At Skyline University College, the health, safety and welfare of our students, employees and stakeholders are of paramount importance. Since the beginning of the COVID-19 pandemic, we have introduced enhanced cleaning procedures and protocols to ensure the safety and welfare of all stakeholders. We also work in line with the guidelines issued by the competent authorities and approved cleaning partners on an ongoing basis, so you can rest assured that our operational practices ensure an environment that is safe and secure.
Our teams are prepared, trained and ready to welcome back our students into our safe and inclusive environments.
Call for help, information and services related to the 2019 novel coronavirus (COVID-19) through the following channels:
- Ministry of Health & Prevention at 800-11111
- Estijaba service at the operation center –Department of Health – Abu Dhabi at 800-1717
In addition, virtual help is available through:
COVID 19 – FREQUENTLY ASKED QUESTIONS
• Dry cough
Other symptoms that are less common and may affect some patients include:
• Loss of taste or smell,
• Nasal congestion,
• Conjunctivitis (also known as red eyes)
• Sore throat,
• Muscle or joint pain,
• Different types of skin rash,
• Nausea or vomiting,
• Chills or dizziness.
Symptoms of severe COVID‐19 disease include:
• Shortness of breath,
• Loss of appetite,
• Persistent pain or pressure in the chest,
• High temperature (above 38 °C).
Other less common symptoms are:
• Reduced consciousness (sometimes associated with seizures),
• Sleep disorders,
• More severe and rare neurological complications such as strokes, brain inflammation, delirium and nerve damage.
People of all ages who experience fever and/or cough associated with difficulty breathing or shortness of breath, chest pain or pressure, or loss of speech or movement should seek medical care immediately. If possible, call your health care provider, hotline or health facility first, so you can be directed to the right clinic.
The WHO is working with our the Global Technical Network for Clinical Management of COVID-19, researchers and patient groups around the world to design and carry out studies of patients beyond the initial acute course of illness to understand the proportion of patients who have long term effects, how long they persist, and why they occur. These studies will be used to develop further guidance for patient care.
• , call your health care provider or COVID-19 hotline for instructions and find out when and where to get a test,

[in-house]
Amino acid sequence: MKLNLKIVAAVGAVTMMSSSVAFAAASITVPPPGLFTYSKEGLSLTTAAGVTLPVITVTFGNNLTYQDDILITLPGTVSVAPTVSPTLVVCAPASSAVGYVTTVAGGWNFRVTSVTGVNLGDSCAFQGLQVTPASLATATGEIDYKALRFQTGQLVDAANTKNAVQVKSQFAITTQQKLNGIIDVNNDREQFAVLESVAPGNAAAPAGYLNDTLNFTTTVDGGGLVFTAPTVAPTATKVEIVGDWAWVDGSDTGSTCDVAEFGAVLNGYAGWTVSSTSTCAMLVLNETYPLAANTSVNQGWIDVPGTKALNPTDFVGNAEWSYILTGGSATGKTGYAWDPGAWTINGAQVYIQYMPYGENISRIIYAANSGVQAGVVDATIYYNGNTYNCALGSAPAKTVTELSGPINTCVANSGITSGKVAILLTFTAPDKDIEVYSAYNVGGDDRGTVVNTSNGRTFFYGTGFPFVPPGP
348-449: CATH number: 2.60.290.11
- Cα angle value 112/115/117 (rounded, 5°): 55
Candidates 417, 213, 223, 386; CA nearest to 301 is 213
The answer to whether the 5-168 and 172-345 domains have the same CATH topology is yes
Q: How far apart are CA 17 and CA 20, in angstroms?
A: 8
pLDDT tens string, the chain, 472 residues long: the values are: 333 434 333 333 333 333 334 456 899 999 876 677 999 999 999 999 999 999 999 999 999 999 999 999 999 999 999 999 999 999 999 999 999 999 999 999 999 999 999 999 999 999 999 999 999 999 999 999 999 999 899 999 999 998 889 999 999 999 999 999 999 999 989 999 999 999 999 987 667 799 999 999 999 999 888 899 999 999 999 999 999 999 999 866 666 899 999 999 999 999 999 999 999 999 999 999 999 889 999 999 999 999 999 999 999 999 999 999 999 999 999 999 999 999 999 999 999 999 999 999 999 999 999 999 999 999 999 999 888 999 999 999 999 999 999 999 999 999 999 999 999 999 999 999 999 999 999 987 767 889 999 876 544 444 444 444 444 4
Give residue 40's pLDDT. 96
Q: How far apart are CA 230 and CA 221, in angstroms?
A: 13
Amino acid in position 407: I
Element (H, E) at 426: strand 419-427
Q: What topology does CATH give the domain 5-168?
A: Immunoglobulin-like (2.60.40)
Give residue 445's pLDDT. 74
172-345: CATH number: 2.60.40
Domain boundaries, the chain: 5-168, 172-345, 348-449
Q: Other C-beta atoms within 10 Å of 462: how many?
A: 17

• stay at home for 14 days away from others, and
• monitor your health.
If you have shortness of breath or pain or pressure in the chest, seek medical attention at a health facility immediately. Call your health care provider or hotline in advance for direction to the right health facility.
If you live in an area with malaria or dengue fever, seek medical care if you have a fever.
If local guidance recommends visiting a medical centre for testing, assessment or isolation, wear a medical mask while travelling to and from the facility and during medical care. Also keep at least a 1-metre distance from other people and avoid touching surfaces with your hands. This applies to both adults and children.
• Vaccines achieve their purpose by protecting individuals and communities.
• Vaccines are the best and most successful medical interventions.
• Achieving the goals of the national preventive programs for disease eradication and elimination, as it can be prevented with vaccines, based on global strategies and best practices .
• Vaccines aid hHealth system development and the quality of community life.
• Pain, swelling, redness, at the vaccination site.
• Fever, chills, headache, tiredness, nausea.
• Muscle pain, joint pain.
• Feeling unwell.
• Some people might develop other side effects such as signs of severe allergic reaction.
• Generally, the mild symptoms subside without treatment. If symptoms seem to get worse, seek advice from a healthcare provider to get the required treatment.
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